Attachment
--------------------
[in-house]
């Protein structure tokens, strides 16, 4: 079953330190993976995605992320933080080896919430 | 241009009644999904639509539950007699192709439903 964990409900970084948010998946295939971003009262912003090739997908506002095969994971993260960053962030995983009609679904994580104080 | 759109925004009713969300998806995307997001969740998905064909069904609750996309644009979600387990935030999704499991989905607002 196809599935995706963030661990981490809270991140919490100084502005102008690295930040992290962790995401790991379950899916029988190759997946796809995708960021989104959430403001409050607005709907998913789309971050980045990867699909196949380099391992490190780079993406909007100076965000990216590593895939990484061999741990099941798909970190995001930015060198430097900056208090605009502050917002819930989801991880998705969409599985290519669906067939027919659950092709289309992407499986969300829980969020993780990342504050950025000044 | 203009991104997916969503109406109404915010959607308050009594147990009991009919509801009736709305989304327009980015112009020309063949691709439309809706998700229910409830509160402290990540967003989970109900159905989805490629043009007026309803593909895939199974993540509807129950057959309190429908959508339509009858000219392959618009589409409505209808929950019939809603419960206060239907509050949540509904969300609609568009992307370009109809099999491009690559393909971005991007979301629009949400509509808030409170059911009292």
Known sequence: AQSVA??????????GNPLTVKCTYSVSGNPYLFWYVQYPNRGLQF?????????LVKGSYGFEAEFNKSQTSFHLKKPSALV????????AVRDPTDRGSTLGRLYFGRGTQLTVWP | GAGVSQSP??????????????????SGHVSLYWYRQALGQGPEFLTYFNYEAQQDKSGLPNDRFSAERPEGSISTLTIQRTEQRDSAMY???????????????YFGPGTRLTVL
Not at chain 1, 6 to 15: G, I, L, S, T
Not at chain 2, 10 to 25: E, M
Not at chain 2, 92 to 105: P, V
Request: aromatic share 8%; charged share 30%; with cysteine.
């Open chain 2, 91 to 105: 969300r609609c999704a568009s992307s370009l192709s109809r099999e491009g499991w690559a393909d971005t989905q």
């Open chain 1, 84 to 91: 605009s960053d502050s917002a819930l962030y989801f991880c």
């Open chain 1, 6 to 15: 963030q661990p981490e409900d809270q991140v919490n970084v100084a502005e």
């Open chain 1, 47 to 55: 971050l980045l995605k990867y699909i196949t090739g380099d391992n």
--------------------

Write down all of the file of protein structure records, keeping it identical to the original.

[in-house]
């Protein structure tokens, strides 16, 4: 079953330190993976995605992320933080080896919430 | 241009009644999904639509539950007699192709439903 964990409900970084948010998946295939971003009262912003090739997908506002095969994971993260960053962030995983009609679904994580104080 | 759109925004009713969300998806995307997001969740998905064909069904609750996309644009979600387990935030999704499991989905607002 196809599935995706963030661990981490809270991140919490100084502005102008690295930040992290962790995401790991379950899916029988190759997946796809995708960021989104959430403001409050607005709907998913789309971050980045990867699909196949380099391992490190780079993406909007100076965000990216590593895939990484061999741990099941798909970190995001930015060198430097900056208090605009502050917002819930989801991880998705969409599985290519669906067939027919659950092709289309992407499986969300829980969020993780990342504050950025000044 | 203009991104997916969503109406109404915010959607308050009594147990009991009919509801009736709305989304327009980015112009020309063949691709439309809706998700229910409830509160402290990540967003989970109900159905989805490629043009007026309803593909895939199974993540509807129950057959309190429908959508339509009858000219392959618009589409409505209808929950019939809603419960206060239907509050949540509904969300609609568009992307370009109809099999491009690559393909971005991007979301629009949400509509808030409170059911009292």
Known sequence: AQSVA??????????GNPLTVKCTYSVSGNPYLFWYVQYPNRGLQF?????????LVKGSYGFEAEFNKSQTSFHLKKPSALV????????AVRDPTDRGSTLGRLYFGRGTQLTVWP | GAGVSQSP??????????????????SGHVSLYWYRQALGQGPEFLTYFNYEAQQDKSGLPNDRFSAERPEGSISTLTIQRTEQRDSAMY???????????????YFGPGTRLTVL
Not at chain 1, 6 to 15: G, I, L, S, T
Not at chain 2, 10 to 25: E, M
Not at chain 2, 92 to 105: P, V
Request: aromatic share 8%; charged share 30%; with cysteine.
């Open chain 2, 91 to 105: 969300r609609c999704a568009s992307s370009l192709s109809r099999e491009g499991w690559a393909d971005t989905q």
């Open chain 1, 84 to 91: 605009s960053d502050s917002a819930l962030y989801f991880c």
């Open chain 1, 6 to 15: 963030q661990p981490e409900d809270q991140v919490n970084v100084a502005e």
């Open chain 1, 47 to 55: 971050l980045l995605k990867y699909i196949t090739g380099d391992n």